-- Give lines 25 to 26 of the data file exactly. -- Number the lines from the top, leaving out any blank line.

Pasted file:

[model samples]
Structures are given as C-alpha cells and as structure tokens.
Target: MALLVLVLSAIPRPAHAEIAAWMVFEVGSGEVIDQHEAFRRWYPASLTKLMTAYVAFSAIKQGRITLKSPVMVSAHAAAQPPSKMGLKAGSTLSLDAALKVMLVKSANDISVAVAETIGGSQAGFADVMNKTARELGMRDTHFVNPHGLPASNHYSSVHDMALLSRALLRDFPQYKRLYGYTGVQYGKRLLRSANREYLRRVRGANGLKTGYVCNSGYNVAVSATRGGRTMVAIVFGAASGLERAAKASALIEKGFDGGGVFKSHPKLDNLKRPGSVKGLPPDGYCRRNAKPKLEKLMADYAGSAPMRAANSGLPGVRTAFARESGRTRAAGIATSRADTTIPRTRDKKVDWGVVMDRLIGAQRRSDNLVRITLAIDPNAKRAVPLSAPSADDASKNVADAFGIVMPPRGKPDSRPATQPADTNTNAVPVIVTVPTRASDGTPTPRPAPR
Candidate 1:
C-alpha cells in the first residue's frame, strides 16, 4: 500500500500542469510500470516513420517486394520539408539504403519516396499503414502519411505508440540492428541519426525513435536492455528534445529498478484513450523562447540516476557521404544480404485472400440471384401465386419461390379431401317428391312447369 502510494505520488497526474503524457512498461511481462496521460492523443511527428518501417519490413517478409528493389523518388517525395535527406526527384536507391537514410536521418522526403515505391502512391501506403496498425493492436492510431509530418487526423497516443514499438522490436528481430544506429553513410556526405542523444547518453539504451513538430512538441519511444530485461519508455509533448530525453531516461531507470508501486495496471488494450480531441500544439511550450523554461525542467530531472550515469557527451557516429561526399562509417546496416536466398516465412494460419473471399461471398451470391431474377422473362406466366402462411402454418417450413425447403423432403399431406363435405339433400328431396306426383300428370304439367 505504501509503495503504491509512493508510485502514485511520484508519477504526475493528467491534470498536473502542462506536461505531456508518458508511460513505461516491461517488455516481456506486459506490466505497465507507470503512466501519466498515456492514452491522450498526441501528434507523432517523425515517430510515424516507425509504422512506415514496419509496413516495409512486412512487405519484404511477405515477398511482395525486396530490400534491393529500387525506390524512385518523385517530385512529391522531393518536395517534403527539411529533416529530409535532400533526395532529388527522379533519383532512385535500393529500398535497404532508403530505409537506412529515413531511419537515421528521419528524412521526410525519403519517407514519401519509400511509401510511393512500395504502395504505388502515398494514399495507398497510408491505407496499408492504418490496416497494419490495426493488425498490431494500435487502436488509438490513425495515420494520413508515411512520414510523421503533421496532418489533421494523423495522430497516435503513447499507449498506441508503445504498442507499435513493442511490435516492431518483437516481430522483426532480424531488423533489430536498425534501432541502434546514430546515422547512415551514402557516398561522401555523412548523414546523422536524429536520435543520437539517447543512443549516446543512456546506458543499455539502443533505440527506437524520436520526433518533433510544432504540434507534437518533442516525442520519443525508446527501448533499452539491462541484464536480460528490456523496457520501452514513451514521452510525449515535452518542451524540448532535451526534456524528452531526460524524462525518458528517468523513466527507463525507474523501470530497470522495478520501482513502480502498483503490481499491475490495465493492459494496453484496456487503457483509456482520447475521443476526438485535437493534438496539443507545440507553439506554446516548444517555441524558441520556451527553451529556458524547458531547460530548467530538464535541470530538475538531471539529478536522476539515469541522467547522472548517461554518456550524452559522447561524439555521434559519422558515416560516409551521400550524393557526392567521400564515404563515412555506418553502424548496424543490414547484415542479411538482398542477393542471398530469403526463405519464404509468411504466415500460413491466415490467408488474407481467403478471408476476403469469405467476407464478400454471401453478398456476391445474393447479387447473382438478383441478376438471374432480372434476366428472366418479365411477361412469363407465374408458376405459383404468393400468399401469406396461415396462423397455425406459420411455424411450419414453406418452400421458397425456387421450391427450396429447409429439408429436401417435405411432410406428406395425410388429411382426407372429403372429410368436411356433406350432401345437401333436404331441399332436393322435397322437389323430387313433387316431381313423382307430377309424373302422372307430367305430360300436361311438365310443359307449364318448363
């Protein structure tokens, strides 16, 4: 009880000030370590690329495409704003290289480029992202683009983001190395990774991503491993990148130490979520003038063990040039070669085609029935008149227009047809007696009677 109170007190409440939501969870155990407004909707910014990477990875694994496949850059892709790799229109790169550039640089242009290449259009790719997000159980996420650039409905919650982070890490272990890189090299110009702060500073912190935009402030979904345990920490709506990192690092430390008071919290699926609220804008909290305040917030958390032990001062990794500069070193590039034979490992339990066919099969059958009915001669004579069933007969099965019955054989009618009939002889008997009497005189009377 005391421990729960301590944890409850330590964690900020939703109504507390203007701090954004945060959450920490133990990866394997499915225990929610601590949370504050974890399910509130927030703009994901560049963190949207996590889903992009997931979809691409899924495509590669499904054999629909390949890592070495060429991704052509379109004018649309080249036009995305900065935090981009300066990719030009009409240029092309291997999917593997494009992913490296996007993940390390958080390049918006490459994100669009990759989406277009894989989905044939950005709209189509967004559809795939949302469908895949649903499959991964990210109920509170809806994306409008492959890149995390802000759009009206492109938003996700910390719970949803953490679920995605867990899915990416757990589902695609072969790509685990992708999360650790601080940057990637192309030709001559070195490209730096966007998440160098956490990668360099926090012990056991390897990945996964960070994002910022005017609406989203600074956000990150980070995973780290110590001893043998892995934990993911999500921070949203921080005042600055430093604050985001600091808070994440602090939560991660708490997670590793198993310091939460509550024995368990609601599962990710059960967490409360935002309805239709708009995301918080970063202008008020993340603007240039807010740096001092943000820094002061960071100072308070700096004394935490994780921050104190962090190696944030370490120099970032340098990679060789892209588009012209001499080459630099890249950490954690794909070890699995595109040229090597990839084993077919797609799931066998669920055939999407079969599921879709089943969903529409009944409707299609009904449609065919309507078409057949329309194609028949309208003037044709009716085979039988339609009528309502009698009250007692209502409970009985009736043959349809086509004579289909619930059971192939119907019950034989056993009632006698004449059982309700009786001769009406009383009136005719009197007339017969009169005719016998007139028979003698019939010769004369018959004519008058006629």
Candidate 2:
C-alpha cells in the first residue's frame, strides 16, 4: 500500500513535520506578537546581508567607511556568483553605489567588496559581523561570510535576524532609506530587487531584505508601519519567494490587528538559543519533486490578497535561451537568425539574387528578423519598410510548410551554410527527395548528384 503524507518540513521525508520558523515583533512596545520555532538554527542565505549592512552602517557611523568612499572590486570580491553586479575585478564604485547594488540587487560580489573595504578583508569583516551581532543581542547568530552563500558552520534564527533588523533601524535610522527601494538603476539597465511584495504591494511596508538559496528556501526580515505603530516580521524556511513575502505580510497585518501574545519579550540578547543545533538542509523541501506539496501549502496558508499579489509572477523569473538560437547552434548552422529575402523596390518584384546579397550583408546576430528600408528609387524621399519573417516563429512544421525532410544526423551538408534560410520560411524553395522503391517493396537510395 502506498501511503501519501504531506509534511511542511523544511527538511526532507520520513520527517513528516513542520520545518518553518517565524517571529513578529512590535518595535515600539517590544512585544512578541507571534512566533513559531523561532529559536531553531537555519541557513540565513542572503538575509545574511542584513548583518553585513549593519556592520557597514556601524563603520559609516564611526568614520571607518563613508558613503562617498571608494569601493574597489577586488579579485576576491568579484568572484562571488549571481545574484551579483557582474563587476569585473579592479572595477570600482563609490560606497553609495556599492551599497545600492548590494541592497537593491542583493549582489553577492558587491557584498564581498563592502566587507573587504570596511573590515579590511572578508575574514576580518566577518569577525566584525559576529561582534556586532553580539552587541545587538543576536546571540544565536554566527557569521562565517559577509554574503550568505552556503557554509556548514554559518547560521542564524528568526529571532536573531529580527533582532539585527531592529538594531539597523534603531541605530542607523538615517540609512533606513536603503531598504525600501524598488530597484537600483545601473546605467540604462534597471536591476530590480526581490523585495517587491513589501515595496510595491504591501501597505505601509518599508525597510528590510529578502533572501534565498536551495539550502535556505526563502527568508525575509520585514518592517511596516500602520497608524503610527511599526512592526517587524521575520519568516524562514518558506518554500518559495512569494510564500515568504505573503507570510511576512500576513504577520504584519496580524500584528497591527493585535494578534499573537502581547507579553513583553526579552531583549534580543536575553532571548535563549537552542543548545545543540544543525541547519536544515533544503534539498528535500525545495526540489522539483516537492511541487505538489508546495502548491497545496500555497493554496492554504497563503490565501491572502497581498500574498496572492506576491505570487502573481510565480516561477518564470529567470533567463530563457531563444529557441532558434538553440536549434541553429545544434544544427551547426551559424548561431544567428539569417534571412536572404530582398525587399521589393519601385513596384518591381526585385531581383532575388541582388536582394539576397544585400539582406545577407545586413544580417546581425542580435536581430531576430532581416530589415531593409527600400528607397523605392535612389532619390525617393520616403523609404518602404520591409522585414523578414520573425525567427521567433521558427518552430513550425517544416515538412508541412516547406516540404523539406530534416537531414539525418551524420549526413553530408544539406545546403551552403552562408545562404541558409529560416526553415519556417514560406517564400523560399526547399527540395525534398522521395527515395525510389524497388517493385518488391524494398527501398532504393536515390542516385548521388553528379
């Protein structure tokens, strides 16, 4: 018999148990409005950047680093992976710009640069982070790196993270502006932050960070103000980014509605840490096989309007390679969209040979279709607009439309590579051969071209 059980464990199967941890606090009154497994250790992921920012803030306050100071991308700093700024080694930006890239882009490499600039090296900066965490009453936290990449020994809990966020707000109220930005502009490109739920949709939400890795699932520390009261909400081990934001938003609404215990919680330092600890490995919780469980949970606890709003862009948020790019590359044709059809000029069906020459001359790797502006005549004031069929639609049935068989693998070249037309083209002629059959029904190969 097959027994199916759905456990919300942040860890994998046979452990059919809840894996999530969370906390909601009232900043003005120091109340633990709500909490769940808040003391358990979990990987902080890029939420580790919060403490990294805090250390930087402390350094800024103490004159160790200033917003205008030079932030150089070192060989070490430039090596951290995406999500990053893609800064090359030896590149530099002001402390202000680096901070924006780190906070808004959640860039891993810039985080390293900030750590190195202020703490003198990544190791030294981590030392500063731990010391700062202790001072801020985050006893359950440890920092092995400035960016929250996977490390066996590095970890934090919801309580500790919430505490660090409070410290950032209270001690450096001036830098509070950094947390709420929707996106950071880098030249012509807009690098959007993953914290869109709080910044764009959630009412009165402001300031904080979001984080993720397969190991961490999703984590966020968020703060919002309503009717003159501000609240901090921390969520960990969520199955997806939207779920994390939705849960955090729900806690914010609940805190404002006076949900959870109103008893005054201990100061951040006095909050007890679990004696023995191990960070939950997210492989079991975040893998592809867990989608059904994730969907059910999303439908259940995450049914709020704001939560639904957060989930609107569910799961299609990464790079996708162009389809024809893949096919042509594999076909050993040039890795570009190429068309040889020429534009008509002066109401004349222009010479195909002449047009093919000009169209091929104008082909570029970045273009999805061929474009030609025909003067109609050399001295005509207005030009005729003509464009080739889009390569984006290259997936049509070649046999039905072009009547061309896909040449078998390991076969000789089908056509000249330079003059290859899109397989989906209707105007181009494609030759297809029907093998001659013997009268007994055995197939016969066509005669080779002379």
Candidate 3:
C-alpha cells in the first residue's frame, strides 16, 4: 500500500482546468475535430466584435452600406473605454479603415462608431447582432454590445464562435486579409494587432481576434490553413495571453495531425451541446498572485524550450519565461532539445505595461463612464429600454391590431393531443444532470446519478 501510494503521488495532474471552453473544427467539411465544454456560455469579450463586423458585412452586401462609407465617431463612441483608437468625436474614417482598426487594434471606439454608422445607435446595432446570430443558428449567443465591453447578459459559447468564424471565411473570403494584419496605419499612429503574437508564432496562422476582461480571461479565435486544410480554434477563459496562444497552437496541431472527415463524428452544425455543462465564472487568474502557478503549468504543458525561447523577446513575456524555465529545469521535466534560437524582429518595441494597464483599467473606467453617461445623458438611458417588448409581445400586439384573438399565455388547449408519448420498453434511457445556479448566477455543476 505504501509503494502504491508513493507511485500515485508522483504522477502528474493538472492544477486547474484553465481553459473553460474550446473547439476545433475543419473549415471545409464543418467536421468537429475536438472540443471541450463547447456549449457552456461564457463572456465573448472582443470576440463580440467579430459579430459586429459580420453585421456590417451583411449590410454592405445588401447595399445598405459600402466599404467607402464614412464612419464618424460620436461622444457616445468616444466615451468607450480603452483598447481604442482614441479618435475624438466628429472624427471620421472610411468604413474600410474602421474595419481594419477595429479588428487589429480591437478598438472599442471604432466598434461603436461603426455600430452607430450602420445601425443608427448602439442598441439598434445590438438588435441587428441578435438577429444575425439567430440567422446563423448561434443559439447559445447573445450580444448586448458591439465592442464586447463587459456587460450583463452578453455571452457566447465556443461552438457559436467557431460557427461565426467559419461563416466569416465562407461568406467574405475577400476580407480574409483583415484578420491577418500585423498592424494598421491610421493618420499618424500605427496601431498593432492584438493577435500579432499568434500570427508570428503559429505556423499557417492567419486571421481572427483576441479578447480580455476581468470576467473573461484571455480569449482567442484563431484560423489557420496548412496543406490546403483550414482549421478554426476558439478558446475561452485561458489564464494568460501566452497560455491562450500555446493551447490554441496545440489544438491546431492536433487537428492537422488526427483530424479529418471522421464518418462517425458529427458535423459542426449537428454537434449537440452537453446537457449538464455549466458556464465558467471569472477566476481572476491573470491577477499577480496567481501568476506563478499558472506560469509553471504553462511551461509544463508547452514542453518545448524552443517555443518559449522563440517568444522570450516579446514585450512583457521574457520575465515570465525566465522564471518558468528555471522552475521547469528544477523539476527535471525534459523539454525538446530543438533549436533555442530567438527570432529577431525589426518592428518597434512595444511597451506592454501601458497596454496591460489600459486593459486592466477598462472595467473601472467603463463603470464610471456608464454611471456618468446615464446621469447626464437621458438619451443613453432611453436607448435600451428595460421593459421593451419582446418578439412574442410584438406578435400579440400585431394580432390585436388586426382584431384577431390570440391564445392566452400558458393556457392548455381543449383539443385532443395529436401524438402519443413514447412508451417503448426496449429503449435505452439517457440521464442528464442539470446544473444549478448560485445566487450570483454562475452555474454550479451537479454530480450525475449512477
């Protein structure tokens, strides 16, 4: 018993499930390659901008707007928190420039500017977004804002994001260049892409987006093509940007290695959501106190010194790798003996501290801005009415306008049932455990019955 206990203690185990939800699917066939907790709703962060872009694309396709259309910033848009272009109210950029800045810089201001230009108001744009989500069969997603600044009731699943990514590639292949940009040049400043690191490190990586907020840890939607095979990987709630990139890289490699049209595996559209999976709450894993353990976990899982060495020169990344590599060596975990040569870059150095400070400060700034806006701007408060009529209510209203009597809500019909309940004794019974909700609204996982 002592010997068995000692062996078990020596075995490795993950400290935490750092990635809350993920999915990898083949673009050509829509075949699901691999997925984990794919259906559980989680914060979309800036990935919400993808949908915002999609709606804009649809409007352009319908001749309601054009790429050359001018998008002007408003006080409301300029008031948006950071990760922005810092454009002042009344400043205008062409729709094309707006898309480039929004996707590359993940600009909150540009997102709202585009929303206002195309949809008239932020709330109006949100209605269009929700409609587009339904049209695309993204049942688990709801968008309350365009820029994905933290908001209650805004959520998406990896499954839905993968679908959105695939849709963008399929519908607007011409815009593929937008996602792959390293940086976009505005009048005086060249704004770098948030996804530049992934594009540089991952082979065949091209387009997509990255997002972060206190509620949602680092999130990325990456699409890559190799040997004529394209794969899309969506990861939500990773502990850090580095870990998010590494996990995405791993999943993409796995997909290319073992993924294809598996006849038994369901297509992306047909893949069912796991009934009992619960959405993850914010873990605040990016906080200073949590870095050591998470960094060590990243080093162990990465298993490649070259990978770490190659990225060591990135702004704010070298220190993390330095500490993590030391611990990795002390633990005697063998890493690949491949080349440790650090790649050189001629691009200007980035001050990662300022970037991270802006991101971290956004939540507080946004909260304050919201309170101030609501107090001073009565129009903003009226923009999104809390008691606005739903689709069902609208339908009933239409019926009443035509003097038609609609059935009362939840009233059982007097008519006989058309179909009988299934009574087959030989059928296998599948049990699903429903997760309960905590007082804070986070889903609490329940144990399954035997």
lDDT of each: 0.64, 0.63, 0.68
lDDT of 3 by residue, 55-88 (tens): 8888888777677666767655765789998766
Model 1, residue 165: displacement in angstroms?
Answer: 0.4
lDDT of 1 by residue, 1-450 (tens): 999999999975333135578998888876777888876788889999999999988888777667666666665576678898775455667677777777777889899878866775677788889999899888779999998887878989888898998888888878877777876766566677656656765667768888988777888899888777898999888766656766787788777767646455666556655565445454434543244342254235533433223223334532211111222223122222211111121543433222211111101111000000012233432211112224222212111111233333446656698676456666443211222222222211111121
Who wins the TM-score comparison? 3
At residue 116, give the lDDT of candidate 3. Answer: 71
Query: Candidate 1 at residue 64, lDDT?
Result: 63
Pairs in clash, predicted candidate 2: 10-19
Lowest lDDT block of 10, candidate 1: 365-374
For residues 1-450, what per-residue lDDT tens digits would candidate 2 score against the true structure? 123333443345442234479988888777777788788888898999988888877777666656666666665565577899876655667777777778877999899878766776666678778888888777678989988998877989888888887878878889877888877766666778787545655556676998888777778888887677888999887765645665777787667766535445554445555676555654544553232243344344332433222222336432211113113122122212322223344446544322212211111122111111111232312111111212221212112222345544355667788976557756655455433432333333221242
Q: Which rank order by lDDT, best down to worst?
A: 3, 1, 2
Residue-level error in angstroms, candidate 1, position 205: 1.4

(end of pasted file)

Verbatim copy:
Q: Which rank order by lDDT, best down to worst?
A: 3, 1, 2